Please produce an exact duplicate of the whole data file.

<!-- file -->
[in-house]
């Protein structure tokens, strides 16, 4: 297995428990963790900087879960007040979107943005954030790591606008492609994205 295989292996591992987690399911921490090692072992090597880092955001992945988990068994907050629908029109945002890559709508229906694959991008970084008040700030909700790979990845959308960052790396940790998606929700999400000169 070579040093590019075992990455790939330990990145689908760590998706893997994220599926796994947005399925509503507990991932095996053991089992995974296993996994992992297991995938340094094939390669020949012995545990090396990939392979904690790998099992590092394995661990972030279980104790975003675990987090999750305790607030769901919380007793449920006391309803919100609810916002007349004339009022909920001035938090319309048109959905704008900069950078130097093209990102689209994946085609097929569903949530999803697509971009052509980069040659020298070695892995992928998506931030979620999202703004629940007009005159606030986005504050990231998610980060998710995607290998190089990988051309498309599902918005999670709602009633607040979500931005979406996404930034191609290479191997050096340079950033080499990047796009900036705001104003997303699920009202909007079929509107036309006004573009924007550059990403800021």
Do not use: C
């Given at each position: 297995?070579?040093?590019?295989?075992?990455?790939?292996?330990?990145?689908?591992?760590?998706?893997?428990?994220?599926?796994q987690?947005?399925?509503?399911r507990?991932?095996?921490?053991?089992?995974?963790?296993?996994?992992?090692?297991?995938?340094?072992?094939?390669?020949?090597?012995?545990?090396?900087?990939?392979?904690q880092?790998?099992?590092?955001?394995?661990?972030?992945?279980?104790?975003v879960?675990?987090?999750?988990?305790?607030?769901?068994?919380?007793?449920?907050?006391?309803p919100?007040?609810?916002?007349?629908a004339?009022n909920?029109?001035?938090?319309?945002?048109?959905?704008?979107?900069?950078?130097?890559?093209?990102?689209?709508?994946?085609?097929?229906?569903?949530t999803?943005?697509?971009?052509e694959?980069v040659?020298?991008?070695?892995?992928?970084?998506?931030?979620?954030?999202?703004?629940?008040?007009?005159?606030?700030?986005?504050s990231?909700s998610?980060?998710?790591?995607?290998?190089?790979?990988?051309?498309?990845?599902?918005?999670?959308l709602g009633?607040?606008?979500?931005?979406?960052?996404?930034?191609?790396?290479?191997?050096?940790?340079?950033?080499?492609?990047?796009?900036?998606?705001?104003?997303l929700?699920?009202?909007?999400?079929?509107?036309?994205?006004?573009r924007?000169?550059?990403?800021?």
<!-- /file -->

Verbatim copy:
[in-house]
């Protein structure tokens, strides 16, 4: 297995428990963790900087879960007040979107943005954030790591606008492609994205 295989292996591992987690399911921490090692072992090597880092955001992945988990068994907050629908029109945002890559709508229906694959991008970084008040700030909700790979990845959308960052790396940790998606929700999400000169 070579040093590019075992990455790939330990990145689908760590998706893997994220599926796994947005399925509503507990991932095996053991089992995974296993996994992992297991995938340094094939390669020949012995545990090396990939392979904690790998099992590092394995661990972030279980104790975003675990987090999750305790607030769901919380007793449920006391309803919100609810916002007349004339009022909920001035938090319309048109959905704008900069950078130097093209990102689209994946085609097929569903949530999803697509971009052509980069040659020298070695892995992928998506931030979620999202703004629940007009005159606030986005504050990231998610980060998710995607290998190089990988051309498309599902918005999670709602009633607040979500931005979406996404930034191609290479191997050096340079950033080499990047796009900036705001104003997303699920009202909007079929509107036309006004573009924007550059990403800021």
Do not use: C
């Given at each position: 297995?070579?040093?590019?295989?075992?990455?790939?292996?330990?990145?689908?591992?760590?998706?893997?428990?994220?599926?796994q987690?947005?399925?509503?399911r507990?991932?095996?921490?053991?089992?995974?963790?296993?996994?992992?090692?297991?995938?340094?072992?094939?390669?020949?090597?012995?545990?090396?900087?990939?392979?904690q880092?790998?099992?590092?955001?394995?661990?972030?992945?279980?104790?975003v879960?675990?987090?999750?988990?305790?607030?769901?068994?919380?007793?449920?907050?006391?309803p919100?007040?609810?916002?007349?629908a004339?009022n909920?029109?001035?938090?319309?945002?048109?959905?704008?979107?900069?950078?130097?890559?093209?990102?689209?709508?994946?085609?097929?229906?569903?949530t999803?943005?697509?971009?052509e694959?980069v040659?020298?991008?070695?892995?992928?970084?998506?931030?979620?954030?999202?703004?629940?008040?007009?005159?606030?700030?986005?504050s990231?909700s998610?980060?998710?790591?995607?290998?190089?790979?990988?051309?498309?990845?599902?918005?999670?959308l709602g009633?607040?606008?979500?931005?979406?960052?996404?930034?191609?790396?290479?191997?050096?940790?340079?950033?080499?492609?990047?796009?900036?998606?705001?104003?997303l929700?699920?009202?909007?999400?079929?509107?036309?994205?006004?573009r924007?000169?550059?990403?800021?």